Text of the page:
ISLAMABAD: Pakistan proposed on Monday to India deployment of artillery and mortars 30 kilometres away from the Line of Control as the two sides revived talks on conventional and nuclear confidence-building measures (CBMs) after a gap of four years, official sources told Dawn.
The two-day talks signified the first formal engagement between the two countries since Prime Minister Yousuf Raza Gilani’s meeting with his Indian counterpart Manmohan Singh on the sidelines of the Saarc summit in the Maldives last month, during which the two leaders agreed to push trust-building measures to add momentum to the revived dialogue process.
Pakistan also proposed measures for repatriation of individuals inadvertently crossing into the other country, besides suggesting an agreement to prevent incidents at sea, a source said without giving any detail.
Y.K. Sinha, joint secretary in charge of Pakistan desk in India’s external affairs ministry, led the Indian side while Additional Foreign Secretary Munawar Saeed Bhatti headed the Pakistan delegation at the expert level talks on conventional CBMs.
The sources said notes were exchanged over the progress made on the earlier agreements, including the ceasefire agreement, working of hotline between directors general military operations of the two sides, hotline between Indian Coast Guards and Pakistan’s Maritime Agency and the 1989 agreement on prevention of airspace violations.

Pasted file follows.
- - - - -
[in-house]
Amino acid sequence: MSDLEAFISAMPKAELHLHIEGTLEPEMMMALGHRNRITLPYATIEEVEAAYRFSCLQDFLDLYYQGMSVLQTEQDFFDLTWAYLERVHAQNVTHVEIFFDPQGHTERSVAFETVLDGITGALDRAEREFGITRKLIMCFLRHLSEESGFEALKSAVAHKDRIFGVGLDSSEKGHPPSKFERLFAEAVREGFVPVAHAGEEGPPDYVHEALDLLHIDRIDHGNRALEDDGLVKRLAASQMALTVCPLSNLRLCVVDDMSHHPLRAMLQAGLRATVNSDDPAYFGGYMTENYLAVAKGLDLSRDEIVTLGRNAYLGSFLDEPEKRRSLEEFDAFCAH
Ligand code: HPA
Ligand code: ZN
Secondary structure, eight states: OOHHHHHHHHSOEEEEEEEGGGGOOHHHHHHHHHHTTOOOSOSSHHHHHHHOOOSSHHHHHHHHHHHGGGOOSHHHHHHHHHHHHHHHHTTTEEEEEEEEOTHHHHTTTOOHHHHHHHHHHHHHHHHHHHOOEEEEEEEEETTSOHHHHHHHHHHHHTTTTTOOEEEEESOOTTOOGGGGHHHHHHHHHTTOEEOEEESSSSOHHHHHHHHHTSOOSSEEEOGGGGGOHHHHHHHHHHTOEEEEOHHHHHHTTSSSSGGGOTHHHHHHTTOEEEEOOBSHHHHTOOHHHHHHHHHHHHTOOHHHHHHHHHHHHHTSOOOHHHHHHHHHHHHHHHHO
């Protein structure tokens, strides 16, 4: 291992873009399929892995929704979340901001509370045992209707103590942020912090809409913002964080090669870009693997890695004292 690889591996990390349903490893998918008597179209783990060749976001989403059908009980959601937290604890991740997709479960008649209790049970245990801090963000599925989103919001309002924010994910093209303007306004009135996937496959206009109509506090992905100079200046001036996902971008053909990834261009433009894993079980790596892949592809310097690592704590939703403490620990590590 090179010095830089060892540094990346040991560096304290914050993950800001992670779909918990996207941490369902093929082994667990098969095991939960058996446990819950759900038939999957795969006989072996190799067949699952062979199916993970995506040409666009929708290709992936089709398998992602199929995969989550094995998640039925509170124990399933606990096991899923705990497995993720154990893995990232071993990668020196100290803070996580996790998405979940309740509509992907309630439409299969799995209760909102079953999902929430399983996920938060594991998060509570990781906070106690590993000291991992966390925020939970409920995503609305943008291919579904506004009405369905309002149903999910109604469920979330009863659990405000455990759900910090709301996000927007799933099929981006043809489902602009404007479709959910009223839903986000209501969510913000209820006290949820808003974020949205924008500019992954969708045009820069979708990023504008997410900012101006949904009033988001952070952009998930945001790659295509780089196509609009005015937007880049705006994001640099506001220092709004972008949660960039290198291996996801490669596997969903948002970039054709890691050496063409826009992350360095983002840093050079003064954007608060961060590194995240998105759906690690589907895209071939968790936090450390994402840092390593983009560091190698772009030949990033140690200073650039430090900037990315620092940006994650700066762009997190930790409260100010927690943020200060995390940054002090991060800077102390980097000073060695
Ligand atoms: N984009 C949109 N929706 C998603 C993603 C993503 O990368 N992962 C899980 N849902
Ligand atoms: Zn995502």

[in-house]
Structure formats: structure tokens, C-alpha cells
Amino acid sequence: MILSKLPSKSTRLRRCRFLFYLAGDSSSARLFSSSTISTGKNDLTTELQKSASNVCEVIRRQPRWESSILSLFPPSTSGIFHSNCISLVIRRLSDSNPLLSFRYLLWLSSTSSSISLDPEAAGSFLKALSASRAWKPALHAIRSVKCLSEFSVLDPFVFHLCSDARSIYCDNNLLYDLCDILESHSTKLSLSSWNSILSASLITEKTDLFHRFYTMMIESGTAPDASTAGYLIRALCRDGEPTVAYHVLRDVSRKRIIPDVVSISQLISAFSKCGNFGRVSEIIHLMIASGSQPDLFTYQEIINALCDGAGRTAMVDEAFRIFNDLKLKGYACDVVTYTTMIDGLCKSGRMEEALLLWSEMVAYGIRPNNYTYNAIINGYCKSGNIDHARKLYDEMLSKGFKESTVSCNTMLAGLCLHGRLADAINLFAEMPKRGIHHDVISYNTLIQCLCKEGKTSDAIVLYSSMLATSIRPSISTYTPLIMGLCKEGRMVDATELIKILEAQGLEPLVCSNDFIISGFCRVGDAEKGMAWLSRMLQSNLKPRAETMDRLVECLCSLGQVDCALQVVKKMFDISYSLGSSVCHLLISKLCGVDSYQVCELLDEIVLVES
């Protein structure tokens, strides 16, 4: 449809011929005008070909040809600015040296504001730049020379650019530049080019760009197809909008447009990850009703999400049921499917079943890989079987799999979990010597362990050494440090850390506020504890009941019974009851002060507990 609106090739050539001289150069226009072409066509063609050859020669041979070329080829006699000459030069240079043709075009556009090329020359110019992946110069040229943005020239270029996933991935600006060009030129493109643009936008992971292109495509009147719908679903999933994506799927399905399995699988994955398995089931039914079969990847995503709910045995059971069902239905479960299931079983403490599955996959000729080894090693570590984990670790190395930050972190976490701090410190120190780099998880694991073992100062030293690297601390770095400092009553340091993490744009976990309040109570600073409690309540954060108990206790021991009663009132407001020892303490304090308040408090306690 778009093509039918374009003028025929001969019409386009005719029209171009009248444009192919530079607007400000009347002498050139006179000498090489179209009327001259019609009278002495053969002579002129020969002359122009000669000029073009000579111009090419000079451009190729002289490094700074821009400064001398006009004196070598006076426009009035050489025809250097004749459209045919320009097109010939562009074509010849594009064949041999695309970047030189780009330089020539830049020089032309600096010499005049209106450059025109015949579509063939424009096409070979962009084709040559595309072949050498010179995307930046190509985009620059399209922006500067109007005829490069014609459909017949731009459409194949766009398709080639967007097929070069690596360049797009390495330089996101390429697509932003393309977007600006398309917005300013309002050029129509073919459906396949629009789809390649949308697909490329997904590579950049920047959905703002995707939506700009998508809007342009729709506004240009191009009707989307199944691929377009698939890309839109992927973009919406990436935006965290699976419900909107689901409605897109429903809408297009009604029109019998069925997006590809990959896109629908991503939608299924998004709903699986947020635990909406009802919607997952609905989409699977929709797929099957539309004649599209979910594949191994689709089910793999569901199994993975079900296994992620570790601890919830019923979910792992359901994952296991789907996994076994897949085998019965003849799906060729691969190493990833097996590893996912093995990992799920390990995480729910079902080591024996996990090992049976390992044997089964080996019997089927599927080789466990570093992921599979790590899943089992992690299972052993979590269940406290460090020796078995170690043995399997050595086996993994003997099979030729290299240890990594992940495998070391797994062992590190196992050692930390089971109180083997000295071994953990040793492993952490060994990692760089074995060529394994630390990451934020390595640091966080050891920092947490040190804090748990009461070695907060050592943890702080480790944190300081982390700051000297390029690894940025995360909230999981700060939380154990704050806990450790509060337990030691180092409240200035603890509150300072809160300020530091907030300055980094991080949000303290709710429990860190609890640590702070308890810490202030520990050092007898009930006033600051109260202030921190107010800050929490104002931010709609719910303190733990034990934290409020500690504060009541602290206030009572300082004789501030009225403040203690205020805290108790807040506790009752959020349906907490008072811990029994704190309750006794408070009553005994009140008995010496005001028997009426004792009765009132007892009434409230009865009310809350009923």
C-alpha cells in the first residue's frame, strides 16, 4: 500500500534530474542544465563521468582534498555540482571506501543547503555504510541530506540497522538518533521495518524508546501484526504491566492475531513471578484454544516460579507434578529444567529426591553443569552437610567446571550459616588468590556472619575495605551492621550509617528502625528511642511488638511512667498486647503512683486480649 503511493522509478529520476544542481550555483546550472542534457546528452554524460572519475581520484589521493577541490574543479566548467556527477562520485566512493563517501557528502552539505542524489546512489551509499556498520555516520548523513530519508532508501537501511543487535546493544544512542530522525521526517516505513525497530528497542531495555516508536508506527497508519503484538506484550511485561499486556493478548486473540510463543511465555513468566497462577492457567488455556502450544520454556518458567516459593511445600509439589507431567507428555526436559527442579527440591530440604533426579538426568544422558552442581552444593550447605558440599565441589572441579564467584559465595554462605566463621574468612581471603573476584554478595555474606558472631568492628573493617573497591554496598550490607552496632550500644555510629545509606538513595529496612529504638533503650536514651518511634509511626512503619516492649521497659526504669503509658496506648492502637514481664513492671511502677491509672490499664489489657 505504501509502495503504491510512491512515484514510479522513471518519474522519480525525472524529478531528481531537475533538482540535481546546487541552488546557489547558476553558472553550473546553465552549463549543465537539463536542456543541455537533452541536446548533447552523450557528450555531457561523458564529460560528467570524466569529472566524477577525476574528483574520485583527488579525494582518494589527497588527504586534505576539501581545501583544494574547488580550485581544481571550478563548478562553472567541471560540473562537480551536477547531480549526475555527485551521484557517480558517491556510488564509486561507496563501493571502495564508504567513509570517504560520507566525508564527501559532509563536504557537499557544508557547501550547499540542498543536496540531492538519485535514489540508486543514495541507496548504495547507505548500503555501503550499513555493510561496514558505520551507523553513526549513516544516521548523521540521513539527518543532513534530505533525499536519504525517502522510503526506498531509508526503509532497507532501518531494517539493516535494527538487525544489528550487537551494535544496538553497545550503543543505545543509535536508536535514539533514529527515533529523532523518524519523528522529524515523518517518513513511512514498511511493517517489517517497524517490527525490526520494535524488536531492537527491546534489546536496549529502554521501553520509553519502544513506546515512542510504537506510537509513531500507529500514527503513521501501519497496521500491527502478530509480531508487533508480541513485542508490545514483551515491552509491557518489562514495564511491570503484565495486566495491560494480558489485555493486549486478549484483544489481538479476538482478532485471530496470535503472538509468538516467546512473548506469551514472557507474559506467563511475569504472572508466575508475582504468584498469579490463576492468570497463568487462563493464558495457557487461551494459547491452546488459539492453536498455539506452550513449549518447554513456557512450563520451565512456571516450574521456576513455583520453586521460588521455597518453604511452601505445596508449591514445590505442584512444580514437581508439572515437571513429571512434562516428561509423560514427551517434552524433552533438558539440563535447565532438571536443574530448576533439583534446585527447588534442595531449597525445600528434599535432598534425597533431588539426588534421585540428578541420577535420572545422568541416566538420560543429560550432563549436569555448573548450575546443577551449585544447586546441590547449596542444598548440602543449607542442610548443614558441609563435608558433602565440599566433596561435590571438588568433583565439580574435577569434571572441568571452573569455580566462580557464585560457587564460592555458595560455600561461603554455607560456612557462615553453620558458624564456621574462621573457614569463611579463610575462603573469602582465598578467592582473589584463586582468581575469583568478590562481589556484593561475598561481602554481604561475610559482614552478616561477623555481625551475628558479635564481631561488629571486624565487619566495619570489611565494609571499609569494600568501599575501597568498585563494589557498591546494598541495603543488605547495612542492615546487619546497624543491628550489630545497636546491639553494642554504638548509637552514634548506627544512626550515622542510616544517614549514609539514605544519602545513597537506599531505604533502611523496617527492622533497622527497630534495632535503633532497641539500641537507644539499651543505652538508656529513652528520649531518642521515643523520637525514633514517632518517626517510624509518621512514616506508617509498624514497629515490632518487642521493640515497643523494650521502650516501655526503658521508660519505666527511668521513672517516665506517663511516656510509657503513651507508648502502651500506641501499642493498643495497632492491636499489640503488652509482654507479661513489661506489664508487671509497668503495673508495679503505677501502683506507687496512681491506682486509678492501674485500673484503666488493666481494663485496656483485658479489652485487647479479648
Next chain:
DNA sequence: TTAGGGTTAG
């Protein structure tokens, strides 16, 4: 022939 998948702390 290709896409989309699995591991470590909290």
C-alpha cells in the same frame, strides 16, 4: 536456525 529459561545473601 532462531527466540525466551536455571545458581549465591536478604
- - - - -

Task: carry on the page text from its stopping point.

The meeting also focused on implementing the cross-Kashmir trade and travel CBMs that were unveiled during the talks between the foreign ministers of the two countries in July.
The two sides will hold a sixth round of expert-level discussions on nuclear CBMs on Tuesday.
The meeting is expected to explore the possibilities of expanding the scope of nuclear CBMs to include a pre-notification of cruise missile test launches.
The Indian side may again push for a no-first-use commitment from Islamabad.
The sources said some formal agreements were expected to be signed in the next round of expert level talks which are likely to take place next year.
Pakistan and India resumed in February the dialogue process that was stalled after the 2008 Mumbai attacks.